Is Zone of Regulation A CBT?

Yes, it is. The Zones of Regulation is a curriculum based around using four colours to help children self-identify how they’re feeling and categorise it based on colour. The curriculum aids the children in recognising their emotions and sensory needs, and thinking patterns. It provides toolkits to facilitate such a development among children

What are the 4 awareness zones?

As per the Zones of Regulation, these are the 4 awareness zones that individual experiences:

Blue zone. Sad, sick, tired, bored. “Down” emotions.
Green zone. Calm, focused, happy, and in control.
Yellow Zone. Intensified emotions with self-control
Red Zone. Intense, overwhelming emotions.

What Zone of Regulation is scared?

It is the Red Zone which contains the feeling of being scared. Other feelings in this Zone are anger, yelling/hitting/being abusive, and out-of-control behaviour.

What does the Blue Zone feel like?

The Blue Zone signifies an individual feeling bored, tired or sick. The energy level is low, and the state is that of being lethargic or sluggish.

What Zone is embarrassed?

If you feel embarrassed, you are definitely in the Yellow Zone. Other states of mind in the Yellow Zone are feeling silly, nervous, excited, and confused.

What Zone is annoyed?

Being annoyed means Yellow Zone. This Zone is when the body/mind starts losing control. Other emotions can include anxiety, stress, annoyance, frustration, and nervousness.

Is Zones of Regulation an intervention?

The Zones of Regulation is an internationally-renowned intervention system that assists children in managing strong and complex emotions through self-regulation and self-awareness.

Why is the Zone of Regulation critical?

It is an approach used to support the development of self-regulation in children. All the different emotions the children feel, and the states of alertness they experience are classified into four coloured zones. Children who comprehend their feelings can manage them well.

How do Zones of Regulation work at home?

These Zones work the same way at home as they do in the classrooms. By helping your child to learn to classify the child’s emotions and state of alertness, you can also identify the child’s trigger points and work with the child to control tantrums and emotional outbursts. In such a way, you will enable the child to move towards self-regulation regarding emotions.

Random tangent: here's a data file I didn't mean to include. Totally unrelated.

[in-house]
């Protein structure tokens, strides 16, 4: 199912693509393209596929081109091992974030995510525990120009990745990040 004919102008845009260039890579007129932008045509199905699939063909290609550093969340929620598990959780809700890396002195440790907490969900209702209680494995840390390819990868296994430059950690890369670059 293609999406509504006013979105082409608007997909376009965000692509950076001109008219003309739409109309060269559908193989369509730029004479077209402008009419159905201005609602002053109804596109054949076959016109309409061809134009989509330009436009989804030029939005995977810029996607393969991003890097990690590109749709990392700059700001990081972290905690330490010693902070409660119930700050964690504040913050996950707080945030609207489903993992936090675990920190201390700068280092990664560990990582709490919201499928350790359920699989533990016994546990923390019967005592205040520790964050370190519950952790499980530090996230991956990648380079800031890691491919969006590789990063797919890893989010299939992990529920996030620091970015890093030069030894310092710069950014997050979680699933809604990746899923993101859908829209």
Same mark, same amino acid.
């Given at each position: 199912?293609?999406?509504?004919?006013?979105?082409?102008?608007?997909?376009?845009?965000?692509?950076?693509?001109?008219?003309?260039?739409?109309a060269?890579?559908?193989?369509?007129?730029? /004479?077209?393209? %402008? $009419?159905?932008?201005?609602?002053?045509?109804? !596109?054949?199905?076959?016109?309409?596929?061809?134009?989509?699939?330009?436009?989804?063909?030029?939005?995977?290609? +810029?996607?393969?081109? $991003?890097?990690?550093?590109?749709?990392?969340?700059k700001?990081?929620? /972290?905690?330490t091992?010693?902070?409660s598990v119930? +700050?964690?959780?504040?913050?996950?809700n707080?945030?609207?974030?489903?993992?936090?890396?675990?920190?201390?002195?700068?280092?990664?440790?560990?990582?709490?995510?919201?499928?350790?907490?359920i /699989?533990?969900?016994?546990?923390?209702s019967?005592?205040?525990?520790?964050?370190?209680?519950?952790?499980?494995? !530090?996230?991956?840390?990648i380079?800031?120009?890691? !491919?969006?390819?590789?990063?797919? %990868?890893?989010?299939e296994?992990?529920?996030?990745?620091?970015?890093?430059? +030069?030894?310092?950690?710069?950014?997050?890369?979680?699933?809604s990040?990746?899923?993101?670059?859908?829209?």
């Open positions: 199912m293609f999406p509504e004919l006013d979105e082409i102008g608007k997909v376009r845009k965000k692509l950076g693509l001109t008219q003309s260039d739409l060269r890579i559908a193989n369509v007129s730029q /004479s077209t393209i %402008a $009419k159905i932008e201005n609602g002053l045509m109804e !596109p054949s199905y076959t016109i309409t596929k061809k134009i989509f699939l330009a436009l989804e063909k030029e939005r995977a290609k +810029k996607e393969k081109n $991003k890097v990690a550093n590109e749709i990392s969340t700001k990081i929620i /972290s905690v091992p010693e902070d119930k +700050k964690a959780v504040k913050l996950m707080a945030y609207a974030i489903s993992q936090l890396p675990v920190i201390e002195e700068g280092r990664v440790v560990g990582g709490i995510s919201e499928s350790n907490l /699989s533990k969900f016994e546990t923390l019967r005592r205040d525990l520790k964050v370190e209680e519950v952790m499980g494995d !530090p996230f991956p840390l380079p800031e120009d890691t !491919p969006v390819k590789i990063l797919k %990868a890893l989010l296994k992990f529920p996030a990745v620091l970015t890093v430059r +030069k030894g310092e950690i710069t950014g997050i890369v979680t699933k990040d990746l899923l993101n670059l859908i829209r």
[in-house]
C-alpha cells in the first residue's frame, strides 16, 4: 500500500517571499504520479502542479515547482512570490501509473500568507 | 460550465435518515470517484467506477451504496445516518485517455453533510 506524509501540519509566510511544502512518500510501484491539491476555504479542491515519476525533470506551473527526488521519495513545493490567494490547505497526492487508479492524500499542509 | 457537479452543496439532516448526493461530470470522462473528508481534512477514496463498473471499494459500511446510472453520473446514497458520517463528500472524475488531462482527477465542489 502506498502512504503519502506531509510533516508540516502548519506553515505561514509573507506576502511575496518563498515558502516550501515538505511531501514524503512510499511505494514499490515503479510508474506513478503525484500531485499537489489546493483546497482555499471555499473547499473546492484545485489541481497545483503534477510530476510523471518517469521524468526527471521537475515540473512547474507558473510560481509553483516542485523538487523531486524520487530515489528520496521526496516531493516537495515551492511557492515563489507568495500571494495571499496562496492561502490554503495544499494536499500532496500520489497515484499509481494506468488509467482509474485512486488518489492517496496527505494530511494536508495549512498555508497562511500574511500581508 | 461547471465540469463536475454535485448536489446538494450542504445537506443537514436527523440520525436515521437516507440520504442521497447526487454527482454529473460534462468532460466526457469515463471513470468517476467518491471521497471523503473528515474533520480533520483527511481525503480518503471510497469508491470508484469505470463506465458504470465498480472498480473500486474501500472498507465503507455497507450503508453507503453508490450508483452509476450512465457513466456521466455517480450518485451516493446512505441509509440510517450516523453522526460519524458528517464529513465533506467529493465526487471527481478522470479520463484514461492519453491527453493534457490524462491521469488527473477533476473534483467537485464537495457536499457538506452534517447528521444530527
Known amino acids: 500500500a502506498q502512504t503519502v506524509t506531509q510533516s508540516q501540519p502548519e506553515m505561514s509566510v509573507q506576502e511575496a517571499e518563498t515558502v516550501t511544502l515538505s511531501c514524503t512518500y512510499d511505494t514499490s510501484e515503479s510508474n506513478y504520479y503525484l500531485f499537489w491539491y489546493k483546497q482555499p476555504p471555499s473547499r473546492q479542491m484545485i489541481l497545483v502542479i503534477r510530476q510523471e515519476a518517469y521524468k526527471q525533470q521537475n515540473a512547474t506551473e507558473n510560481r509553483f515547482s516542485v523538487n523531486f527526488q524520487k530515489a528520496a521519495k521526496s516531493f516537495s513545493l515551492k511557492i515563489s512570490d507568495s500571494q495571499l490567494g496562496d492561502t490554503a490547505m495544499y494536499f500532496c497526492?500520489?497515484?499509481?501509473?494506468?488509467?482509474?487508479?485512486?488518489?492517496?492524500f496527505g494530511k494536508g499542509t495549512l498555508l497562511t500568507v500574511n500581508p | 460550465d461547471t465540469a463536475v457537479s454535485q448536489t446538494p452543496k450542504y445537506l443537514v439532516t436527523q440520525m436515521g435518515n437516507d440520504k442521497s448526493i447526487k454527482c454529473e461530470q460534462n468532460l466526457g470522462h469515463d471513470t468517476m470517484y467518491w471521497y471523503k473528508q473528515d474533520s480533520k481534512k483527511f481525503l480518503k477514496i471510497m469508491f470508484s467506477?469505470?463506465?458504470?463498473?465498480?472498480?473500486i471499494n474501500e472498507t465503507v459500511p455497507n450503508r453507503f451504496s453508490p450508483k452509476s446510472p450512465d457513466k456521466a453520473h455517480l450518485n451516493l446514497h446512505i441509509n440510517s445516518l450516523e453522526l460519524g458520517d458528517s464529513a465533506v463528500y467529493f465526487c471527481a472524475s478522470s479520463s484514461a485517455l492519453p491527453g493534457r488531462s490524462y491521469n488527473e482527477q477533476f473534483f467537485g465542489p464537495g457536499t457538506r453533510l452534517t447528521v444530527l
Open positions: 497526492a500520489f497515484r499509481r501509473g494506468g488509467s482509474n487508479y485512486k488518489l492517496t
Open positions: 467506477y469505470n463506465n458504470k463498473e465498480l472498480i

What is Yellow Zone behaviour?

Yellow Zone behaviour includes a heightened state of emotions when you begin losing control. The sentiments included in this Zone are nervous, excitement, annoyance, anxiety, and stress.

What is the Blue Zone of Regulation?

The Blue Zone of Regulation identifies with low energy and includes being bored, sick dull, and lethargic.

What Zone of Regulation is confused?

Being confused features in the Yellow Zone where you are starting to lose some control.

Can Zones of Regulation be used for adults?

Yes, they can be used for adults. Even though teachers and parents employ them, it over arches to age groups beyond children.

How do you introduce Zones of Regulation to students?

The colour scheme can introduce the Zone of Regulation to the children. Therefore, we advise you to familiarise them with the colours and emotions they signify through interactive activities.

Is Zones of Regulation an SEL program?

Yes. The Zones of Regulation is a social-emotional learning curriculum designed to teach children self-regulation and emotional control.

Is Zones of Regulation an evidence-based practice?

Indeed! The Zones of Regulation is based on evidence and has shown positive, measurable outcomes across multiple studies and applications in clinical practice and school-based settings (Zones Research & Scholarly Articles Spreadsheet).

How effective are Zones of Regulation?

The Zones of Regulation curriculum employs a cognitive behavioural approach so that the student can build self-regulation skills. Its effectiveness can be seen in Zones Research & Scholarly Articles Spreadsheet.

How do I teach my child self-regulation?

To teach your child self-regulation, you must follow it yourself. You can do that through the steps mentioned.

Stay calm when they are not
Think before you act
Paying attention to them and avoiding getting distraction
Staying focused on their goals
Adapting to changes in their environment and behaviour
Cooperating with them